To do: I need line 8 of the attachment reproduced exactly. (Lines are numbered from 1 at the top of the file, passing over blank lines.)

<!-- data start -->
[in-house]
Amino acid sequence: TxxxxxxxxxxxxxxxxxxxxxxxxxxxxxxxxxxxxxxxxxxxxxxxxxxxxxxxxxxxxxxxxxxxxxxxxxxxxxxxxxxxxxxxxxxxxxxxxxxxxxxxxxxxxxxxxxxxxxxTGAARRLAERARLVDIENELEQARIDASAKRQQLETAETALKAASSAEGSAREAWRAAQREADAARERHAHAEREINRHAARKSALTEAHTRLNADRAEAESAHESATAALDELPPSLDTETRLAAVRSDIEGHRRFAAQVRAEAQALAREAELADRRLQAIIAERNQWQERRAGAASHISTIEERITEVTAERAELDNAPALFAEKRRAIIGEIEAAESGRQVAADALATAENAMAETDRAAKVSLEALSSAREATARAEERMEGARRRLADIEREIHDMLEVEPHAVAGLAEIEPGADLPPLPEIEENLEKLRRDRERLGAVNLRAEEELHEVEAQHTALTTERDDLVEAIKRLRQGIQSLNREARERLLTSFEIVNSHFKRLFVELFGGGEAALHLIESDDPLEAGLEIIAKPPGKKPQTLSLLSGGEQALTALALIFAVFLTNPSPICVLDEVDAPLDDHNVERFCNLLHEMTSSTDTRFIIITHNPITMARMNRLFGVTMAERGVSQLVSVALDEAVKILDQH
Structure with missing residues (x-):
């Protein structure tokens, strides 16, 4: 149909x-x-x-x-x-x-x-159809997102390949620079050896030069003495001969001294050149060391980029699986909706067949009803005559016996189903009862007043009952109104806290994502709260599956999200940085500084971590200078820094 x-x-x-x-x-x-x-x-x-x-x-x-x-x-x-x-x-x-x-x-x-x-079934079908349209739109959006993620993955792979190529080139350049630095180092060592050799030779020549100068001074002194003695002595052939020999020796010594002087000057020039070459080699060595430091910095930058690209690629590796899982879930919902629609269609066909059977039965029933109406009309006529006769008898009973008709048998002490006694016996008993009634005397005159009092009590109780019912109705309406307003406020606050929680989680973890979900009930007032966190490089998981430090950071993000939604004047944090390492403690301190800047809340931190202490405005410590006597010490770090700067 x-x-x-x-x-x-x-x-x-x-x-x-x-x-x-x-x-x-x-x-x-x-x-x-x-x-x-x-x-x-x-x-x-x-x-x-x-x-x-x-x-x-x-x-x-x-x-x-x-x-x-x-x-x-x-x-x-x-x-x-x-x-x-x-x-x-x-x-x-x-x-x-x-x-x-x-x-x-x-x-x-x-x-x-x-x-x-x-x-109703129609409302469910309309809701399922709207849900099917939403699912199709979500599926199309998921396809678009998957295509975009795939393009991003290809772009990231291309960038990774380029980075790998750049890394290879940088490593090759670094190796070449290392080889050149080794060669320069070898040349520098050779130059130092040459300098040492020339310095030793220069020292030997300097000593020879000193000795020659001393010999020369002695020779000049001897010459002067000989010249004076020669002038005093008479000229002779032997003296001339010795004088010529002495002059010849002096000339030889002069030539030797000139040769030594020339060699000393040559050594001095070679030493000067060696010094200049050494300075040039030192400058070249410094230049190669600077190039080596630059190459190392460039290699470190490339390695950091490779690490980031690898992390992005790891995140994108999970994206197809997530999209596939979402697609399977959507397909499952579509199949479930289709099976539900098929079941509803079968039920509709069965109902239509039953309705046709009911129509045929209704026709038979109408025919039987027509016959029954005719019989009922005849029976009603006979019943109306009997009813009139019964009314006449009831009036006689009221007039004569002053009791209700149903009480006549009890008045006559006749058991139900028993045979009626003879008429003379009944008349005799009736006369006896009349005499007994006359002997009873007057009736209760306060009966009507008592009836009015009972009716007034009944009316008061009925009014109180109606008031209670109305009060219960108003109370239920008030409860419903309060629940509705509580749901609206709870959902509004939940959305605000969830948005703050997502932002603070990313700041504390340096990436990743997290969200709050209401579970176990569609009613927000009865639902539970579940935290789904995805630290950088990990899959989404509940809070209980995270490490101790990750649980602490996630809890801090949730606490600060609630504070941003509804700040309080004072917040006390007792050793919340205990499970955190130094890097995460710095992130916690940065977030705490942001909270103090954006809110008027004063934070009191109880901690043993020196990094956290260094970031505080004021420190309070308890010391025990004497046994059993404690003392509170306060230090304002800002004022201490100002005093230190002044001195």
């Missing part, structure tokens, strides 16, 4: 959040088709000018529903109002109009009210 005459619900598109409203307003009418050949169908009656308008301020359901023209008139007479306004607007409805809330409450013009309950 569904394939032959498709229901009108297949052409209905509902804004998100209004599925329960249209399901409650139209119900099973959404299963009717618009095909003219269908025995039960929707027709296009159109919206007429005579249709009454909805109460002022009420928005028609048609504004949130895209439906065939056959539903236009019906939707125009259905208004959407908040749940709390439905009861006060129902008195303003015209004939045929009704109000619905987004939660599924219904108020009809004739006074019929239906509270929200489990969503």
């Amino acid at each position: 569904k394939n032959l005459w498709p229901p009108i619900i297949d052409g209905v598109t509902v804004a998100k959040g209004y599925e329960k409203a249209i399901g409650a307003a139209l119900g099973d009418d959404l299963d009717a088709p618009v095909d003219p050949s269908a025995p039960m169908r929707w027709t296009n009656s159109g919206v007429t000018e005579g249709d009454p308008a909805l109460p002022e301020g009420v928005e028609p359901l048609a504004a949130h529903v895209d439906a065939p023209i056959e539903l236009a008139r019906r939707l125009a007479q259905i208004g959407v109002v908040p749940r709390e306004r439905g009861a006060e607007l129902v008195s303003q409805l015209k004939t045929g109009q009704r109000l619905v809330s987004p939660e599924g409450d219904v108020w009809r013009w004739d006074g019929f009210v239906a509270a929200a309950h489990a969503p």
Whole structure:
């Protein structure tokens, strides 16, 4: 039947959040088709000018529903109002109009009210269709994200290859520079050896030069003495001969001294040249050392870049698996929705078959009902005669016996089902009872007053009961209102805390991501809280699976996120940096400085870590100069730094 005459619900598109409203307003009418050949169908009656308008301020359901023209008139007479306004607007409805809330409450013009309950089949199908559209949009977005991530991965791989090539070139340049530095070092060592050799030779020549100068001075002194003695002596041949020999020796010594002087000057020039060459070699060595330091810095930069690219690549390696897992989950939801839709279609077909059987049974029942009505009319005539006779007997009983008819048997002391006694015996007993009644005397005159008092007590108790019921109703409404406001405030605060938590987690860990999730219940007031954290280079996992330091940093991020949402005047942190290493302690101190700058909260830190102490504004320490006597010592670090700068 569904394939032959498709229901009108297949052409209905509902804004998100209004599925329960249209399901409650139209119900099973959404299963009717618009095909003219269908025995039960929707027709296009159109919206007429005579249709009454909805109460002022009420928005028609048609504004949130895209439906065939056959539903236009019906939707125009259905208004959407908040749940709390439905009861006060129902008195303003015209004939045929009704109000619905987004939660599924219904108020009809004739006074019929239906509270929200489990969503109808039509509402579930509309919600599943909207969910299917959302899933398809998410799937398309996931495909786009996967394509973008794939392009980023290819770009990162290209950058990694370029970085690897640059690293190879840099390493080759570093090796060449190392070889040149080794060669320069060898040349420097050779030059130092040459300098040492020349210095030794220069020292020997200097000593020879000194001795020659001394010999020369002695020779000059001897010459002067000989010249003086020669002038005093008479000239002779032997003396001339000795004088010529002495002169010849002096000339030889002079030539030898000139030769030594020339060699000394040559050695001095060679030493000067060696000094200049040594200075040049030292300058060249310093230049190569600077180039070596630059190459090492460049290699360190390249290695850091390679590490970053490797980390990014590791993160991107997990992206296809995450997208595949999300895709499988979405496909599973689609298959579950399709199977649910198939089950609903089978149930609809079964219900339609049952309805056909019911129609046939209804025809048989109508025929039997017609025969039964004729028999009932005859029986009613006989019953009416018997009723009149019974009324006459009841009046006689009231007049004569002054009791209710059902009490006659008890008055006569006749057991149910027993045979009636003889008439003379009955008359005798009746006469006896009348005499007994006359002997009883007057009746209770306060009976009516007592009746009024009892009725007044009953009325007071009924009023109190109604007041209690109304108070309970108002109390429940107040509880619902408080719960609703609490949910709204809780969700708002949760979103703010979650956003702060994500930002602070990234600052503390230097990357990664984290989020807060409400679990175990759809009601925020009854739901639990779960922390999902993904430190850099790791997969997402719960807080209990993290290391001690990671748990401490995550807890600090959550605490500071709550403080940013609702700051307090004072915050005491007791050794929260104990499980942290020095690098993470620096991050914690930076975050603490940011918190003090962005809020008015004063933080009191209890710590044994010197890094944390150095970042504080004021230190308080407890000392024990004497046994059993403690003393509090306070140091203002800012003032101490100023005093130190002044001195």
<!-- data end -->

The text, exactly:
């Protein structure tokens, strides 16, 4: 039947959040088709000018529903109002109009009210269709994200290859520079050896030069003495001969001294040249050392870049698996929705078959009902005669016996089902009872007053009961209102805390991501809280699976996120940096400085870590100069730094 005459619900598109409203307003009418050949169908009656308008301020359901023209008139007479306004607007409805809330409450013009309950089949199908559209949009977005991530991965791989090539070139340049530095070092060592050799030779020549100068001075002194003695002596041949020999020796010594002087000057020039060459070699060595330091810095930069690219690549390696897992989950939801839709279609077909059987049974029942009505009319005539006779007997009983008819048997002391006694015996007993009644005397005159008092007590108790019921109703409404406001405030605060938590987690860990999730219940007031954290280079996992330091940093991020949402005047942190290493302690101190700058909260830190102490504004320490006597010592670090700068 569904394939032959498709229901009108297949052409209905509902804004998100209004599925329960249209399901409650139209119900099973959404299963009717618009095909003219269908025995039960929707027709296009159109919206007429005579249709009454909805109460002022009420928005028609048609504004949130895209439906065939056959539903236009019906939707125009259905208004959407908040749940709390439905009861006060129902008195303003015209004939045929009704109000619905987004939660599924219904108020009809004739006074019929239906509270929200489990969503109808039509509402579930509309919600599943909207969910299917959302899933398809998410799937398309996931495909786009996967394509973008794939392009980023290819770009990162290209950058990694370029970085690897640059690293190879840099390493080759570093090796060449190392070889040149080794060669320069060898040349420097050779030059130092040459300098040492020349210095030794220069020292020997200097000593020879000194001795020659001394010999020369002695020779000059001897010459002067000989010249003086020669002038005093008479000239002779032997003396001339000795004088010529002495002169010849002096000339030889002079030539030898000139030769030594020339060699000394040559050695001095060679030493000067060696000094200049040594200075040049030292300058060249310093230049190569600077180039070596630059190459090492460049290699360190390249290695850091390679590490970053490797980390990014590791993160991107997990992206296809995450997208595949999300895709499988979405496909599973689609298959579950399709199977649910198939089950609903089978149930609809079964219900339609049952309805056909019911129609046939209804025809048989109508025929039997017609025969039964004729028999009932005859029986009613006989019953009416018997009723009149019974009324006459009841009046006689009231007049004569002054009791209710059902009490006659008890008055006569006749057991149910027993045979009636003889008439003379009955008359005798009746006469006896009348005499007994006359002997009883007057009746209770306060009976009516007592009746009024009892009725007044009953009325007071009924009023109190109604007041209690109304108070309970108002109390429940107040509880619902408080719960609703609490949910709204809780969700708002949760979103703010979650956003702060994500930002602070990234600052503390230097990357990664984290989020807060409400679990175990759809009601925020009854739901639990779960922390999902993904430190850099790791997969997402719960807080209990993290290391001690990671748990401490995550807890600090959550605490500071709550403080940013609702700051307090004072915050005491007791050794929260104990499980942290020095690098993470620096991050914690930076975050603490940011918190003090962005809020008015004063933080009191209890710590044994010197890094944390150095970042504080004021230190308080407890000392024990004497046994059993403690003393509090306070140091203002800012003032101490100023005093130190002044001195």